SAP Extended Warehouse Management (SAP EWM) offers significant advantages when compared with SAP Warehouse Management (SAP WM), particularly for customers with large-volume warehouses and complex automated warehouse sub-processes (e.g., pallets and pallet stretchers). SAP EWM offers numerous new features and provides tools that allow warehouses to take on strategic significance in the supply chain.
With SAP EWM, even more complex warehouse structures and processes can be mapped in a standard solution, allowing customers to control material flow, manage resources, operate a wide range of picking systems (including voice picking), and support the use of mobile data-entry devices. And, for the first time, they can now manage an entire warehouse conveyor system, end to end, from within an SAP system.
There are three possible scenarios for implementing SAP EWM:
- as an integrated add-on to a central SAP ERP 6.0 system
- as part of a decentralized SCM module, with a direct connection to the ERP system
- as a decentralized, stand-alone solution
ROI depends on many factors
Aside from independence from the central ERP system, the advantages of a decentralized SAP EWM solution include better scalability, the option of linking to several ERP systems, improved performance, and simpler outsourcing. But, this scenario makes the IT landscape significantly more complex and requires users to work in two different systems.
A central warehouse management system, on the other hand, requires fewer system interfaces and generally incurs lower administrative and hardware costs.
Once installed, the benefits of an SAP EWM solution quickly become evident. Equipped with improved warehouse control functionality, companies can experience reductions in picking errors and inventory costs. They also report higher customer satisfaction levels due to more accurate and punctual deliveries.
Companies considering an SAP EWM implementation should keep in mind that the results of a cost/benefit analysis and ROI calculation will depend on their specific business situation. However, the cost of licenses, new hardware, user training, and software implementation will likely be offset by increased efficiency and transparency, savings that result from replacing legacy systems, and lower maintenance costs achieved by working with a uniform software release.
Because machines lose their “black box” character by being connected up to the warehouse management system (in a technically fairly straightforward process), transparency levels rise and automated processes become easier to monitor and control. The number of error-prone interfaces decreases and, potentially, fewer external service providers are required.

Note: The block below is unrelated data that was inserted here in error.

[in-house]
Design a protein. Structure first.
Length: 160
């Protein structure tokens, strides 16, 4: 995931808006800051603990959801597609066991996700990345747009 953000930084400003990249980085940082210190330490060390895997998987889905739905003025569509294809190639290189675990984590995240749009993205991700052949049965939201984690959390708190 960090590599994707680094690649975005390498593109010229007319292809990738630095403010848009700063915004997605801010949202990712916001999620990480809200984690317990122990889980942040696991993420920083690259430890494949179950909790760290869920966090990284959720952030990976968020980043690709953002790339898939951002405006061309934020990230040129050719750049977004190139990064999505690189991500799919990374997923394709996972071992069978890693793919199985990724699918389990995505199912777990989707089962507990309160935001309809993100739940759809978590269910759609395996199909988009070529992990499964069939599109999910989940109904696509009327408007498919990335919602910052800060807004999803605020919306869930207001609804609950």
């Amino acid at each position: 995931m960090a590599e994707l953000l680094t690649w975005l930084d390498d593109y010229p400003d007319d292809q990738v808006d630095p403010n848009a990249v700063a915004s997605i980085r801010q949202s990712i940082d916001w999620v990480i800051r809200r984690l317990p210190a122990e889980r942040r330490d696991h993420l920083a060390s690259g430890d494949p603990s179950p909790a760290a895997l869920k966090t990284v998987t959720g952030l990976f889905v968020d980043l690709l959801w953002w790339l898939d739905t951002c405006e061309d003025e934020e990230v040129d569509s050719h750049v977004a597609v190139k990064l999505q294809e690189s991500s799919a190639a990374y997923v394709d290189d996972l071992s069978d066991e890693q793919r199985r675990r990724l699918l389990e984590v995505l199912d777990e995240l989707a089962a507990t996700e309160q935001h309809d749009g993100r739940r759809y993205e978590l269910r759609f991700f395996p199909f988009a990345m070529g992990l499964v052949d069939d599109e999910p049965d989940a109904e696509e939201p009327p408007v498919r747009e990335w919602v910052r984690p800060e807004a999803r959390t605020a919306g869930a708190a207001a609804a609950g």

“Hundreds of factors influence the result of a cost/benefit analysis and they need to be investigated in each specific case. But, on average, our experience shows that it is possible to cut previous warehouse costs by about one third,” says Armin Reiss, a senior IT consultant for SCM and logistics solutions at BASF.
Templates cover 10 typical warehouse processes
Depending on its complexity and the framework conditions, an SAP EWM project can take more than a year to complete, according to logistics expert Reiss. To reduce the duration and cost of such a project, BASF IT Services developed a template approach and a functional prototype, which currently maps 10 typical warehouse processes that cover about 90 percent of all requirements.
These include put-away, internal transfer, and stock removal processes as well as processes that meet the special requirements of bulk and pallet storage, such as mobile data entry and connections to conveyor systems.
By using the prototype and templates and the detailed customizing guidelines provided, companies can keep their adjustment effort at manageable levels during the implementation project itself. The prototype came into being as a result of a feasibility study on the use of SAP EWM for automated warehouse control. Reiss explains: “Our consultants put about a year’s worth of work into the prototype.”
The result is a set of predefined templates that make it possible to reduce the time effort for a project by between 30 and 50 percent. Even the job of entering the process details and scope in the prototype IT landscape, which, among other things, includes integrated barcode entry, is faster and more accurate than before.
While developing their prototype, the BASF consultants visited various SAP EWM pilot users in a wide range of industries, conducted specialist discussions with them, and evaluated their feedback. Expertise that relates to SAP EWM is entered into a knowledge database that all the consultants can access. “We learn from the mistakes of others to minimize the risk for our own customers,” says Reiss.
BASF team focuses on supply chain and SAP CRM
“Our particular area of expertise is obviously the process industry; batch management, dangerous goods handling, and so on,” says Reiss. But BASF’s seven-strong SAP EWM specialist team has also acquired knowledge of other industries as well.
It is part of a large SCM team that operates three competence centers in Europe and numbers more than 100 IT consultants for the supply chain management environment. About a quarter of these specialize in SAP SCM.
The implementation and operation of SAP systems are two of the core competencies of BASF IT Services. Worldwide, the company has successfully implemented several hundred SAP projects, both within and outside of the BASF group, and it operates more than 500 SAP systems for the parent company alone – including several in the SCM area and in warehouse management. These systems run in a wide variety of storage locations, ranging from small specialized warehouses to one of Europe’s largest high-rack storage areas.